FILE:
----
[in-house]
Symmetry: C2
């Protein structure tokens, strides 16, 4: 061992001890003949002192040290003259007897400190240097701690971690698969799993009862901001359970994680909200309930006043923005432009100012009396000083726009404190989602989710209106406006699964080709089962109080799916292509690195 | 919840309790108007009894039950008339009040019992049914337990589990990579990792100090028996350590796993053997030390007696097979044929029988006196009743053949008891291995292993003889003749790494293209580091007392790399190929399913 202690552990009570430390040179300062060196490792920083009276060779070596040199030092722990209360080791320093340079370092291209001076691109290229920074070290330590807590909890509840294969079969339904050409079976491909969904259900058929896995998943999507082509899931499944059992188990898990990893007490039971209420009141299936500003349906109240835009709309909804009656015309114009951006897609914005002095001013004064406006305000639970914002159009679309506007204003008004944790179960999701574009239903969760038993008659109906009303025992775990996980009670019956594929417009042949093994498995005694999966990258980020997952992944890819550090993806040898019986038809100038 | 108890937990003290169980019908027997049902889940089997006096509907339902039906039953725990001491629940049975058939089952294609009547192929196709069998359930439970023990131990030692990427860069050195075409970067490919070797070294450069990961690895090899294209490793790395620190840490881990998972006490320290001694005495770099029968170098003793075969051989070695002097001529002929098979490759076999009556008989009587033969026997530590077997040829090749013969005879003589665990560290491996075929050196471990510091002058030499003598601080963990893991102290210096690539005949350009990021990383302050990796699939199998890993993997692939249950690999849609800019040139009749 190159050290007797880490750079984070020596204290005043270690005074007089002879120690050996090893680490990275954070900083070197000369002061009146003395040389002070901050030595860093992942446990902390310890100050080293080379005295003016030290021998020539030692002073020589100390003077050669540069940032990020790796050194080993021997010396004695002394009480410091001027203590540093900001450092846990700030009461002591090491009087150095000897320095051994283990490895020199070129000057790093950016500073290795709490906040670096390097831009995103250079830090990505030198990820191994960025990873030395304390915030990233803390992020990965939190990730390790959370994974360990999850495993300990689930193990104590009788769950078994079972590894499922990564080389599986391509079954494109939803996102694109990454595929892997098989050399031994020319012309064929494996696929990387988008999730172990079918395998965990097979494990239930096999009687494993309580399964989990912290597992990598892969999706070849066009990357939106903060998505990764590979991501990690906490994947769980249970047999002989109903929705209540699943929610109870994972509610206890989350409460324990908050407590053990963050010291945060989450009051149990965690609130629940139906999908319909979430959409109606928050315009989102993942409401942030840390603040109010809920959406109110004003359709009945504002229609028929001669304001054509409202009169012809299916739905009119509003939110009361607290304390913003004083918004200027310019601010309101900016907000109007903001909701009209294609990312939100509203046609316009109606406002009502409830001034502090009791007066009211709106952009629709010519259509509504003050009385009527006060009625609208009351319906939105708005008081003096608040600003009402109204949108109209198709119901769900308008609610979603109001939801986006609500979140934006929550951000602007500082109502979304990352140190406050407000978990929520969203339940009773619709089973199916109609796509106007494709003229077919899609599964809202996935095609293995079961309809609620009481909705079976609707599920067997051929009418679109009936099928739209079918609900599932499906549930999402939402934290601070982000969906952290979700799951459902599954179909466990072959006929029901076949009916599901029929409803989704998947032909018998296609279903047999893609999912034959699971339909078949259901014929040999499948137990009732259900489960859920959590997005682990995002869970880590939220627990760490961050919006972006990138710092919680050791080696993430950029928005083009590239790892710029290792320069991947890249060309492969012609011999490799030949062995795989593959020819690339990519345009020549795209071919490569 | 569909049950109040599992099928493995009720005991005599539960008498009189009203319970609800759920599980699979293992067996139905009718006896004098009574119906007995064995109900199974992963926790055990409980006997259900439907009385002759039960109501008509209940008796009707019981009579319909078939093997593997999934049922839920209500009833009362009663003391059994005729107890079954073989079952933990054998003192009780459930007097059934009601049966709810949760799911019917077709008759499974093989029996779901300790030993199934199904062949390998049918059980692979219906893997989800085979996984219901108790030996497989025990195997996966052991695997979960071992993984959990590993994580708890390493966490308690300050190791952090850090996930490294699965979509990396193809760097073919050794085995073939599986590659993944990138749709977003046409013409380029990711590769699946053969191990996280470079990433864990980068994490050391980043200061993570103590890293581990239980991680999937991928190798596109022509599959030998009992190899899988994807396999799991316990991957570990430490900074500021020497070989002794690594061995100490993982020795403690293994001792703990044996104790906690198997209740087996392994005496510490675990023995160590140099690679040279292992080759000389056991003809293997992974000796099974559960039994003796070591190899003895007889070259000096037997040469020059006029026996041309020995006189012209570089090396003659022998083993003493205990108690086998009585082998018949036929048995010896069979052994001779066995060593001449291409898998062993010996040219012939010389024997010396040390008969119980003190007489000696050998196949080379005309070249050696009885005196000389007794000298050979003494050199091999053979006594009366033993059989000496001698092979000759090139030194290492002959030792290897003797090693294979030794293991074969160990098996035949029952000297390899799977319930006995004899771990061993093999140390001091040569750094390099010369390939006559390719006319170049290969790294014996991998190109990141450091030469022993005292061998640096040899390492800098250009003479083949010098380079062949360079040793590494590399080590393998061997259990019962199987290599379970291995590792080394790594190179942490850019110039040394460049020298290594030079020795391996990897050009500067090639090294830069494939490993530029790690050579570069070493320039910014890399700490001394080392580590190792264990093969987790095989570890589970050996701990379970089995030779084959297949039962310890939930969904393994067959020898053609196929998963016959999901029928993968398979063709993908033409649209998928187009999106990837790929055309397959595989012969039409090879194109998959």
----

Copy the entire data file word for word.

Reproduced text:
[in-house]
Symmetry: C2
């Protein structure tokens, strides 16, 4: 061992001890003949002192040290003259007897400190240097701690971690698969799993009862901001359970994680909200309930006043923005432009100012009396000083726009404190989602989710209106406006699964080709089962109080799916292509690195 | 919840309790108007009894039950008339009040019992049914337990589990990579990792100090028996350590796993053997030390007696097979044929029988006196009743053949008891291995292993003889003749790494293209580091007392790399190929399913 202690552990009570430390040179300062060196490792920083009276060779070596040199030092722990209360080791320093340079370092291209001076691109290229920074070290330590807590909890509840294969079969339904050409079976491909969904259900058929896995998943999507082509899931499944059992188990898990990893007490039971209420009141299936500003349906109240835009709309909804009656015309114009951006897609914005002095001013004064406006305000639970914002159009679309506007204003008004944790179960999701574009239903969760038993008659109906009303025992775990996980009670019956594929417009042949093994498995005694999966990258980020997952992944890819550090993806040898019986038809100038 | 108890937990003290169980019908027997049902889940089997006096509907339902039906039953725990001491629940049975058939089952294609009547192929196709069998359930439970023990131990030692990427860069050195075409970067490919070797070294450069990961690895090899294209490793790395620190840490881990998972006490320290001694005495770099029968170098003793075969051989070695002097001529002929098979490759076999009556008989009587033969026997530590077997040829090749013969005879003589665990560290491996075929050196471990510091002058030499003598601080963990893991102290210096690539005949350009990021990383302050990796699939199998890993993997692939249950690999849609800019040139009749 190159050290007797880490750079984070020596204290005043270690005074007089002879120690050996090893680490990275954070900083070197000369002061009146003395040389002070901050030595860093992942446990902390310890100050080293080379005295003016030290021998020539030692002073020589100390003077050669540069940032990020790796050194080993021997010396004695002394009480410091001027203590540093900001450092846990700030009461002591090491009087150095000897320095051994283990490895020199070129000057790093950016500073290795709490906040670096390097831009995103250079830090990505030198990820191994960025990873030395304390915030990233803390992020990965939190990730390790959370994974360990999850495993300990689930193990104590009788769950078994079972590894499922990564080389599986391509079954494109939803996102694109990454595929892997098989050399031994020319012309064929494996696929990387988008999730172990079918395998965990097979494990239930096999009687494993309580399964989990912290597992990598892969999706070849066009990357939106903060998505990764590979991501990690906490994947769980249970047999002989109903929705209540699943929610109870994972509610206890989350409460324990908050407590053990963050010291945060989450009051149990965690609130629940139906999908319909979430959409109606928050315009989102993942409401942030840390603040109010809920959406109110004003359709009945504002229609028929001669304001054509409202009169012809299916739905009119509003939110009361607290304390913003004083918004200027310019601010309101900016907000109007903001909701009209294609990312939100509203046609316009109606406002009502409830001034502090009791007066009211709106952009629709010519259509509504003050009385009527006060009625609208009351319906939105708005008081003096608040600003009402109204949108109209198709119901769900308008609610979603109001939801986006609500979140934006929550951000602007500082109502979304990352140190406050407000978990929520969203339940009773619709089973199916109609796509106007494709003229077919899609599964809202996935095609293995079961309809609620009481909705079976609707599920067997051929009418679109009936099928739209079918609900599932499906549930999402939402934290601070982000969906952290979700799951459902599954179909466990072959006929029901076949009916599901029929409803989704998947032909018998296609279903047999893609999912034959699971339909078949259901014929040999499948137990009732259900489960859920959590997005682990995002869970880590939220627990760490961050919006972006990138710092919680050791080696993430950029928005083009590239790892710029290792320069991947890249060309492969012609011999490799030949062995795989593959020819690339990519345009020549795209071919490569 | 569909049950109040599992099928493995009720005991005599539960008498009189009203319970609800759920599980699979293992067996139905009718006896004098009574119906007995064995109900199974992963926790055990409980006997259900439907009385002759039960109501008509209940008796009707019981009579319909078939093997593997999934049922839920209500009833009362009663003391059994005729107890079954073989079952933990054998003192009780459930007097059934009601049966709810949760799911019917077709008759499974093989029996779901300790030993199934199904062949390998049918059980692979219906893997989800085979996984219901108790030996497989025990195997996966052991695997979960071992993984959990590993994580708890390493966490308690300050190791952090850090996930490294699965979509990396193809760097073919050794085995073939599986590659993944990138749709977003046409013409380029990711590769699946053969191990996280470079990433864990980068994490050391980043200061993570103590890293581990239980991680999937991928190798596109022509599959030998009992190899899988994807396999799991316990991957570990430490900074500021020497070989002794690594061995100490993982020795403690293994001792703990044996104790906690198997209740087996392994005496510490675990023995160590140099690679040279292992080759000389056991003809293997992974000796099974559960039994003796070591190899003895007889070259000096037997040469020059006029026996041309020995006189012209570089090396003659022998083993003493205990108690086998009585082998018949036929048995010896069979052994001779066995060593001449291409898998062993010996040219012939010389024997010396040390008969119980003190007489000696050998196949080379005309070249050696009885005196000389007794000298050979003494050199091999053979006594009366033993059989000496001698092979000759090139030194290492002959030792290897003797090693294979030794293991074969160990098996035949029952000297390899799977319930006995004899771990061993093999140390001091040569750094390099010369390939006559390719006319170049290969790294014996991998190109990141450091030469022993005292061998640096040899390492800098250009003479083949010098380079062949360079040793590494590399080590393998061997259990019962199987290599379970291995590792080394790594190179942490850019110039040394460049020298290594030079020795391996990897050009500067090639090294830069494939490993530029790690050579570069070493320039910014890399700490001394080392580590190792264990093969987790095989570890589970050996701990379970089995030779084959297949039962310890939930969904393994067959020898053609196929998963016959999901029928993968398979063709993908033409649209998928187009999106990837790929055309397959595989012969039409090879194109998959």